blandish


Also found in: Dictionary, Thesaurus.
Related to blandish: brumal
References in periodicals archive ?
"Raffles and Miss Blandish." In As I Please, 1943-1945.
Orwell was sensitive to the political implications of ostensibly non-political texts, as he demonstrated in essays such as "Raffles and Miss Blandish" and "Boys' Weeklies." However, his analyses of the connections between style and "totalitarian habits of thought" often focus on overtly political texts, and he has a particular interest in work that claims the authority of the expert.
WHO were the main actors in the classic gangster film No Orchids For Miss Blandish? - Ron Brady, Craigie, Dundee.
Dato curioso, "Por amor a la senorita Blandish"; firmado por el autor de la antologia, es el mejor cuento del volumen por su fluidez y composicion.
(22) Les Temps modernes, 595 (August-October 1997), subtitled 'Pas d'orchidees pour les Temps modernes' in homage to James Hadley Chase's influential early Serie noire novel Pas d'orchidees pour Miss Blandish (1946).
In Raffles and Miss Blandish he called reading the "tough" pre-war thriller No Orchids for Miss Blandish "a header into the cesspool".
100 YEARS AGO: At police court yesterday Edward Blandish was charged with having been on the premises of Meriden Lodge for an unlawful purpose.
For them, as for the real inventor of the discipline, the George Orwell of essays such as Boys' Weeklies, Raffles and Miss Blandish or The Art of Duncan McGill, capitalist society was as culturally impoverishing as it was economically exploitative.
After the success of The Second Man (1927), a comedy of manners, other comedies followed, mostly in the same vein: Serena Blandish (1928), a dramatization of a novel by the English novelist Enid Bagnold (1925); Meteor (1929); Brief Moment (1931); Biography (1932), about a woman portrait painter and a journalist; Rain from Heaven (1934), one of the earliest anti-Nazi plays; End of Summer (1936), a comedy on the use of wealth; Amphitryon 38 (1937), an adaptation from the French and, ultimately, from the ancients; Wine of Choice (1938), on liberalism and its difficulties; No Time For Comedy (1939), with a dramatist as protagonist; The Talley Method (1941); The Pirate (1942); I Know My Love (1949); Lord Pengo (1962); and But for Whom Charlie (1964).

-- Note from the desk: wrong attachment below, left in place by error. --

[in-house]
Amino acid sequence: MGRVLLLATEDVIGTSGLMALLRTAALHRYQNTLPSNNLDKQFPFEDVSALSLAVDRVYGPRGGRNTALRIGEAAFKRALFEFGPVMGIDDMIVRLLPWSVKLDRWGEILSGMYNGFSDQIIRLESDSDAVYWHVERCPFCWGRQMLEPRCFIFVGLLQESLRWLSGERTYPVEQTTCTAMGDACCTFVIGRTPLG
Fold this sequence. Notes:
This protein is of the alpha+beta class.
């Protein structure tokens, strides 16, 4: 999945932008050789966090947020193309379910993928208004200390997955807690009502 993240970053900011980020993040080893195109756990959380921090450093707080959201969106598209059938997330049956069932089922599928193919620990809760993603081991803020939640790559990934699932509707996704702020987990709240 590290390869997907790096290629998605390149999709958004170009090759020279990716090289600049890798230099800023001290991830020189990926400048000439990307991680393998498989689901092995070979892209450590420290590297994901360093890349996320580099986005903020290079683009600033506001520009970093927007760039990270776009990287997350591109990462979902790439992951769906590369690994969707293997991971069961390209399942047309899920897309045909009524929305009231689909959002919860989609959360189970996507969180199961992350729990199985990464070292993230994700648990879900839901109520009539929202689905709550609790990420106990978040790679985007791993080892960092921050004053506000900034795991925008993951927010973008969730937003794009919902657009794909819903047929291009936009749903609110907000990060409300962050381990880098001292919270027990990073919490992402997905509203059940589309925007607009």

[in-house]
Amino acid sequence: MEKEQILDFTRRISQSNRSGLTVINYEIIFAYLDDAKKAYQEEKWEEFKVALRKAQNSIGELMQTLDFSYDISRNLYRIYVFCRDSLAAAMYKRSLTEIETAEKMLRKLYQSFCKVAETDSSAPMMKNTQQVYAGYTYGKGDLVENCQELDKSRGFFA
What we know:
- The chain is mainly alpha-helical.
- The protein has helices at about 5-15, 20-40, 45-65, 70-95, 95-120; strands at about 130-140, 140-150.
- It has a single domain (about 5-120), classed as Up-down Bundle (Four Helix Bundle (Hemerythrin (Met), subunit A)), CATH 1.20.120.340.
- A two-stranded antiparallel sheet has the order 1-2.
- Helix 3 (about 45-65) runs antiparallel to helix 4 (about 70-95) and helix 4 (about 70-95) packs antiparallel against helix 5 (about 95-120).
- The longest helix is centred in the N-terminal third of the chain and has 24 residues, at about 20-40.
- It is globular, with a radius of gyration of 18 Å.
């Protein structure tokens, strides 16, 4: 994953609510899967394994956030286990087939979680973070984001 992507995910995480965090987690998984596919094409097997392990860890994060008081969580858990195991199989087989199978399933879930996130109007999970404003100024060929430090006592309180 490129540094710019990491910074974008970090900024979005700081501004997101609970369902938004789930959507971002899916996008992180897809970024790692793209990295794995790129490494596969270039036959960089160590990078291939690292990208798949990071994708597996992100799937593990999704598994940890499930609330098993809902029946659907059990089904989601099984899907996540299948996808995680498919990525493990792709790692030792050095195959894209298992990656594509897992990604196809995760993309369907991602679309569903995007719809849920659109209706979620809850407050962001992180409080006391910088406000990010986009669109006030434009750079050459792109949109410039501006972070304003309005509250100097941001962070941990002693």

He was also known for his fine adaptations, particularly Serena Blandish (1928) from the novel by Enid Bagnold, and Amphitryon 38 (1937), from the play by the French dramatist Jean Giraudoux.
Orwell's insularity is also a weakness, however, as demonstrated by the virtual absence, in his entire oeuvre, of essays on non-English authors, or the almost genteel astonishment with which he conveys (in "Raffles and Miss Blandish") the violence in U.S.